Putting on a practical training workshop in Lesotho

International Programme Officer Vicki Newton explains what goes into planning a practical training workshop.

Putting on a practical training workshop in Lesotho

A lot of work went into organising the International Coalition for Working Equids (ICWE) workshop in October, both from the UK and once we were on the ground in Lesotho. I was a bit nervous on the day in case things didn’t go quite according to plan or we got off schedule but thankfully all went well!

With representatives from 24 countries attending, the workshop provided a chance for the Focal Points (representatives of Veterinary Services who work on veterinary and animal welfare policy) to see how the new World Organisation for Animal Health (OIE) Chapter on Working Equids could be used to improve working equid welfare.

Case studies were presented from each of the ICWE organisations. SPANA presented on their work in Mauritania; the Egyptian Society for the Protection and Welfare of Working Animals (ESPWWA), in partnership with The Donkey Sanctuary, presented on the Egyptian brick kilns; Brooke presented on the donkey skin trade in Africa, which is a major emerging concern; and World Horse Welfare presented an overview of our project in Lesotho.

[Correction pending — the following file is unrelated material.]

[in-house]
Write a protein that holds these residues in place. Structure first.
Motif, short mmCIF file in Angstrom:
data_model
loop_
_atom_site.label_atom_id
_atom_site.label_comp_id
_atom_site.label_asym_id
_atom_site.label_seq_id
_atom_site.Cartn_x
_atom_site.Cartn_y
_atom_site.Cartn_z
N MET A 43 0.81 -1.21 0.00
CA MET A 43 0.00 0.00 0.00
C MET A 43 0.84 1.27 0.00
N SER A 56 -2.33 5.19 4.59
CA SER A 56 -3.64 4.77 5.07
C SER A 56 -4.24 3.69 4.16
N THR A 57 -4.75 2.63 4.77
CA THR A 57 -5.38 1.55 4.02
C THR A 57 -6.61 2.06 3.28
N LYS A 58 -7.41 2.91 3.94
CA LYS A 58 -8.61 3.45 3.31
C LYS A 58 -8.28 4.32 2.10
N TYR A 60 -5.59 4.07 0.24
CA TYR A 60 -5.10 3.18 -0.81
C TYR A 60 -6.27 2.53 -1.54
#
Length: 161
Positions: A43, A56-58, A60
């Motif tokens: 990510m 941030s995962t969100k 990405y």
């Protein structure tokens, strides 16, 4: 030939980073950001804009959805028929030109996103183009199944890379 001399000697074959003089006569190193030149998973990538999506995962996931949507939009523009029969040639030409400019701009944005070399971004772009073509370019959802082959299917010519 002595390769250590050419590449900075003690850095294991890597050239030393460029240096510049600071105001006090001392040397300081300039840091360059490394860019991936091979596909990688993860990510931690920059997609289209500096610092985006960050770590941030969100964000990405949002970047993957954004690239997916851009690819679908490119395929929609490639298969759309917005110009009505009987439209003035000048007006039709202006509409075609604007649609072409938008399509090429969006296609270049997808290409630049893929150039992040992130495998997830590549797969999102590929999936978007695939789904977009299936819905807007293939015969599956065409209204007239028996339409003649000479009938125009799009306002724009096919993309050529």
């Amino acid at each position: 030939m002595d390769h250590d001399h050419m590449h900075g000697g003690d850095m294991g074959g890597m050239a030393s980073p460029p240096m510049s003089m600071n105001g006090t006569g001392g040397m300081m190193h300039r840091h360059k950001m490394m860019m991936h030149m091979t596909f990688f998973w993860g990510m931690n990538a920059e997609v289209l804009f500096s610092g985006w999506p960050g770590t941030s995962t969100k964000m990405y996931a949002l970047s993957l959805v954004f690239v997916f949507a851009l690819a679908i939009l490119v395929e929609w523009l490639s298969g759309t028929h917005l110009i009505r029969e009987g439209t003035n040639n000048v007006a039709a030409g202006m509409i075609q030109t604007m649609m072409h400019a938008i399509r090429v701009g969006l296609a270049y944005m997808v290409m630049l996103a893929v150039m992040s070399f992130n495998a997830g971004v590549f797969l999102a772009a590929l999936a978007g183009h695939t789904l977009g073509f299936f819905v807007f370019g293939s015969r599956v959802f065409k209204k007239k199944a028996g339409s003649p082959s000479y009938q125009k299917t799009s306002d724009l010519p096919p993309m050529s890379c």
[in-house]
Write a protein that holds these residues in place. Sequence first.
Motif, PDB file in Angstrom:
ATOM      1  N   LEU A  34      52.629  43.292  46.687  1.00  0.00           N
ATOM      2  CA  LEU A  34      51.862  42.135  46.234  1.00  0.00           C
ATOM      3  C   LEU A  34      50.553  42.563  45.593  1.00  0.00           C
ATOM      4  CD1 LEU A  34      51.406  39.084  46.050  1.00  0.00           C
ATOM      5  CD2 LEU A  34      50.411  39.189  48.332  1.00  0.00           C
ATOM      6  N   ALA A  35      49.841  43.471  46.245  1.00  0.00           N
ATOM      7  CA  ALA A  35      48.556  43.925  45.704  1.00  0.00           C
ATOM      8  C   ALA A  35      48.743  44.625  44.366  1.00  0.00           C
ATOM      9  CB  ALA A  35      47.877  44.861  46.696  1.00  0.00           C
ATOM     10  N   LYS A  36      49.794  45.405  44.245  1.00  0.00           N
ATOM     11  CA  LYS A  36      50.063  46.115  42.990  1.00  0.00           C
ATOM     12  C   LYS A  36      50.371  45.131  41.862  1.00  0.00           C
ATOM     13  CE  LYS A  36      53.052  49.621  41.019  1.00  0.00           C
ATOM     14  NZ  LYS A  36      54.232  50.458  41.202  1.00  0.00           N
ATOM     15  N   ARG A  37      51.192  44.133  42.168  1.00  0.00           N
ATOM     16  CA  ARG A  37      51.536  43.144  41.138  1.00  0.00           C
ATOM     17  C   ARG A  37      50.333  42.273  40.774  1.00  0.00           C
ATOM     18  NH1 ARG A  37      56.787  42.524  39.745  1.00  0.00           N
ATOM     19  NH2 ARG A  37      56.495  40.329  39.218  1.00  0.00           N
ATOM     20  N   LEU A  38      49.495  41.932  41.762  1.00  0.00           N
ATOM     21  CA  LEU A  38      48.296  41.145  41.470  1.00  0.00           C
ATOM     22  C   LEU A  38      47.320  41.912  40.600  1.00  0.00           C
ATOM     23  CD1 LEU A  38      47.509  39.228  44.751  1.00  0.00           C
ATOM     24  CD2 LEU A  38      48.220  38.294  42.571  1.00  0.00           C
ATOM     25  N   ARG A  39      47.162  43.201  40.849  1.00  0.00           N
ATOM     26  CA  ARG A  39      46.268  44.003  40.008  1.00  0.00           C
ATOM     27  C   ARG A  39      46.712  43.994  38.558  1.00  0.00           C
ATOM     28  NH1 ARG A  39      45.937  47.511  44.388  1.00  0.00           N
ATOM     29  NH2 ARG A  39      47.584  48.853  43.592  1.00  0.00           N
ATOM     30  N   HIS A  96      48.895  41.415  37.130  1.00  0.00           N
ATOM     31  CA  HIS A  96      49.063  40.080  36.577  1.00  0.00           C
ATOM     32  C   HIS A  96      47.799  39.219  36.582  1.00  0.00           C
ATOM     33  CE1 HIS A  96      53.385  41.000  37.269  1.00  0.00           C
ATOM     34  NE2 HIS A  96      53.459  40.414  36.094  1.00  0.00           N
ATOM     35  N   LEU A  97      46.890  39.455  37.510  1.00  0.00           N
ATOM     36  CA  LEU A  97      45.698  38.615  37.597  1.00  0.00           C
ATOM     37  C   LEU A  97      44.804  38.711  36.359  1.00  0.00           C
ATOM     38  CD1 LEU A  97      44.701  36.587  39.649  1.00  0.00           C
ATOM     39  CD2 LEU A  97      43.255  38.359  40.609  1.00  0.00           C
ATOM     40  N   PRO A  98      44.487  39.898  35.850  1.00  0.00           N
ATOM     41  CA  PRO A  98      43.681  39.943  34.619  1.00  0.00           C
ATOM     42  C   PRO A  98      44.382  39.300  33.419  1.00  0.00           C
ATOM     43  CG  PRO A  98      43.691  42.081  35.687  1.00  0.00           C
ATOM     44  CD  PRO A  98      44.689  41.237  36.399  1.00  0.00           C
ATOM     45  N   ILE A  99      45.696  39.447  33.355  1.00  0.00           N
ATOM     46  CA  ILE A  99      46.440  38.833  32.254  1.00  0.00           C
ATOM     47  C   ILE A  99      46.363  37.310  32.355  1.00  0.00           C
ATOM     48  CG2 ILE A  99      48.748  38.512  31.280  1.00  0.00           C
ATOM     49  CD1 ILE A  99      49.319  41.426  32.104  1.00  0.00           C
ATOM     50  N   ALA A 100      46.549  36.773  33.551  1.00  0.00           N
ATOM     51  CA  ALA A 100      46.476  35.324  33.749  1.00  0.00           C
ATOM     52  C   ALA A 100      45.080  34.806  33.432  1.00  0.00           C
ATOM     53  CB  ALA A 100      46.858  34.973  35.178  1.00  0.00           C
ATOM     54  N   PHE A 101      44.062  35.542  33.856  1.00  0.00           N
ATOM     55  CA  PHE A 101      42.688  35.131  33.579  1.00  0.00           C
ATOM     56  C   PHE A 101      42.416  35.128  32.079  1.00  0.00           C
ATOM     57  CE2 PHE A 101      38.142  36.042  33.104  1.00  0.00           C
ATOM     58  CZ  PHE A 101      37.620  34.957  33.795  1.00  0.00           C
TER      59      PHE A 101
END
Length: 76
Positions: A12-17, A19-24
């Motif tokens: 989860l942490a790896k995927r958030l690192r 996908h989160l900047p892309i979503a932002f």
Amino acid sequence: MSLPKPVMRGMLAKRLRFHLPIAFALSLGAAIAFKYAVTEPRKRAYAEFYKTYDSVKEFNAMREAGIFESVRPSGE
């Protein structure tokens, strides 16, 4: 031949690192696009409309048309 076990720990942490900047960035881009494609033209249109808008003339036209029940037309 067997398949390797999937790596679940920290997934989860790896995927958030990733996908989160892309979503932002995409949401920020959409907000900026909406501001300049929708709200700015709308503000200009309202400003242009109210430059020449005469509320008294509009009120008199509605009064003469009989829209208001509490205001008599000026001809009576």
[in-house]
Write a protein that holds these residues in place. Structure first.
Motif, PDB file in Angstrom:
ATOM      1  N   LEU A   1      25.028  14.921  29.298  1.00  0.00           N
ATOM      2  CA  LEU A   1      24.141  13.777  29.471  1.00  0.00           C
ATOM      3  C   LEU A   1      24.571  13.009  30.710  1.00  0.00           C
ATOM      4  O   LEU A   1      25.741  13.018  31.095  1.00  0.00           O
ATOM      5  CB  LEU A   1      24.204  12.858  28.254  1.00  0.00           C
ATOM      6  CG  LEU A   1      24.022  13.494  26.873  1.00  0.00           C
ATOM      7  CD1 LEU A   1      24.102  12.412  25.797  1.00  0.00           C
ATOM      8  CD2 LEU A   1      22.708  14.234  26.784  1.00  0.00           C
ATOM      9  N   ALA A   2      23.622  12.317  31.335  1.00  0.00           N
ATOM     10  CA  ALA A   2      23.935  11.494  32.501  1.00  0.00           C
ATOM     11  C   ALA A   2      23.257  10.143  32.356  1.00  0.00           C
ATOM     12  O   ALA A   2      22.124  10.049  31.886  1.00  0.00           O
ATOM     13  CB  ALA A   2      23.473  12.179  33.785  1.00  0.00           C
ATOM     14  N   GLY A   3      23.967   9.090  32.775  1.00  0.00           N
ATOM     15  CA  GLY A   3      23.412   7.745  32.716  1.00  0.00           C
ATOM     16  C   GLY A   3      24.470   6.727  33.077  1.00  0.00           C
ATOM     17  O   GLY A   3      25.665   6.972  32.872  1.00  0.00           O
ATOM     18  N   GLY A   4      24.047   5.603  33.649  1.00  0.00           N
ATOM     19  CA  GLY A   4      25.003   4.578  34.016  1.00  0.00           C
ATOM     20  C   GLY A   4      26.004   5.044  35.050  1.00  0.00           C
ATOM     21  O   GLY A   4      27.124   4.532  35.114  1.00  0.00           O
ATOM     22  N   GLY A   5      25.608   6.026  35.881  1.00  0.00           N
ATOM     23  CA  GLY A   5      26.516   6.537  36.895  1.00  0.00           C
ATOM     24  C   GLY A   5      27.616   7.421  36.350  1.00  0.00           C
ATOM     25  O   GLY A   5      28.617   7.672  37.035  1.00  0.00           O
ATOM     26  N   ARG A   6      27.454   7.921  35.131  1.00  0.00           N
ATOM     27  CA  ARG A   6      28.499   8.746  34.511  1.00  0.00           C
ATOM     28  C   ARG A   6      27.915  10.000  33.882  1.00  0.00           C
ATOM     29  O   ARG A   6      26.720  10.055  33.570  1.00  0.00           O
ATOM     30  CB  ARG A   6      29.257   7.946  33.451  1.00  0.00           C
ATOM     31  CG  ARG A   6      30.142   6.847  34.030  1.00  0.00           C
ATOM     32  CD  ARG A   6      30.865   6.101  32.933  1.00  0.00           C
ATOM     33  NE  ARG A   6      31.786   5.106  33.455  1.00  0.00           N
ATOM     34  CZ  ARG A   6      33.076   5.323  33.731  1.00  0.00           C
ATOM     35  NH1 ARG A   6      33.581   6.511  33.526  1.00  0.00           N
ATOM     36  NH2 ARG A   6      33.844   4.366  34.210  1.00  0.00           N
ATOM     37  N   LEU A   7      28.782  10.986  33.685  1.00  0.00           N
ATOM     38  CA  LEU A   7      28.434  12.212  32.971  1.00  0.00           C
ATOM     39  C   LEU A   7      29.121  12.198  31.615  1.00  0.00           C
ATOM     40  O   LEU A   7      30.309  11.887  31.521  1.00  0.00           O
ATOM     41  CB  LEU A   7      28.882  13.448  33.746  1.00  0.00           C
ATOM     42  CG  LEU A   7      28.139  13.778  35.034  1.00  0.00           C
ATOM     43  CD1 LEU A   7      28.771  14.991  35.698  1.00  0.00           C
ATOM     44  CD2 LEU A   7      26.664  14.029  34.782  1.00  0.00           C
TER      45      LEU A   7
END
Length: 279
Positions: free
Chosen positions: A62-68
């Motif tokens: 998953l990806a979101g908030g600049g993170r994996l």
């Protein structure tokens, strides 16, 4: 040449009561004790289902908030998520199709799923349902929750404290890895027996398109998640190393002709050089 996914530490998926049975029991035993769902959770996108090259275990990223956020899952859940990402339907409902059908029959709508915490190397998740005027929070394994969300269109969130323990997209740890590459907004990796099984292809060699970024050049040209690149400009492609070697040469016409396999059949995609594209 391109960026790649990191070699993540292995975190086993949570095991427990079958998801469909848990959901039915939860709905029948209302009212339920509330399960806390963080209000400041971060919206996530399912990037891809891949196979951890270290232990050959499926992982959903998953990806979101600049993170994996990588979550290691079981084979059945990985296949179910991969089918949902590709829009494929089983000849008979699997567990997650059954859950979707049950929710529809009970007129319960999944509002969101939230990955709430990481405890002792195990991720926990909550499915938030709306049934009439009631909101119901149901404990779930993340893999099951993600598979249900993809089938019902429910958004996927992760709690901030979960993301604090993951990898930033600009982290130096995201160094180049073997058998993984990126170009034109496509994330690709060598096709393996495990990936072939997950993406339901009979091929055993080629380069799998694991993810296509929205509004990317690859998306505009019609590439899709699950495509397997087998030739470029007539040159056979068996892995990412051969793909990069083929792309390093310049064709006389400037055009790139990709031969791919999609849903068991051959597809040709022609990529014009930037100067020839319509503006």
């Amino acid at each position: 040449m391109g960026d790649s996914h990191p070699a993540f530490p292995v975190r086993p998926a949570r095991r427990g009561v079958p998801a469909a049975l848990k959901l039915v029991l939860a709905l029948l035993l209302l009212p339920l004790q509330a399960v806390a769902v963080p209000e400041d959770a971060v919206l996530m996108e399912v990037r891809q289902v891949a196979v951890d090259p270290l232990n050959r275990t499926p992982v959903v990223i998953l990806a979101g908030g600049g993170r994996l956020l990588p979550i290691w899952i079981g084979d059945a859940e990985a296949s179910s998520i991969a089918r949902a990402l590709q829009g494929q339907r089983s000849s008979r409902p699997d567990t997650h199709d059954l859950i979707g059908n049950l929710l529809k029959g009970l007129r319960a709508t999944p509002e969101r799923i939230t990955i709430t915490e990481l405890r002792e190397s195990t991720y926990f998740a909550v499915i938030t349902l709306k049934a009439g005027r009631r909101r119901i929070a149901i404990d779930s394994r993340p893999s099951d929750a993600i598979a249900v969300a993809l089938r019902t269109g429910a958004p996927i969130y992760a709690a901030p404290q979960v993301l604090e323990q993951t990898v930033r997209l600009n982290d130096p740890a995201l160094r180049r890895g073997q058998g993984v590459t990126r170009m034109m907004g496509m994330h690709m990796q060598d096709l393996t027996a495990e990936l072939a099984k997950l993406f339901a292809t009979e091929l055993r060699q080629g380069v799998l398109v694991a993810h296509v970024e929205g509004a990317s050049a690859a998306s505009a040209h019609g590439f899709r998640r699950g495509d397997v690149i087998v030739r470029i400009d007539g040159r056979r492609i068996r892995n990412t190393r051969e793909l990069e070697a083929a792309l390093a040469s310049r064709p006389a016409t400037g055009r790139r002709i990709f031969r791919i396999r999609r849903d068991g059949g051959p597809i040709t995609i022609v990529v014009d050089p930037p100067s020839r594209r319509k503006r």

It was great to see that the case studies generated a lot of interest amongst the delegates and started off discussions which continued for the rest of the event. After the case studies we had site visits to two communities that our project team are working with. The delegates met around 300 working horses and donkeys and their owners and were shown how to make welfare assessments using the new OIE Chapter.

The site visits were a great opportunity to showcase the work of our project alongside the University of Lesotho and we were delighted that there were clear signs that the 300 working equines we saw are benefitting from involvement with our project.

We were really pleased with how the workshop was received, as the Focal Points all participated with real enthusiasm and left keen to look at how the new Chapter could be applied in their own countries. I think we can call that a successful outcome, so all the planning paid off!

Vicki Newton, International Programme Officer
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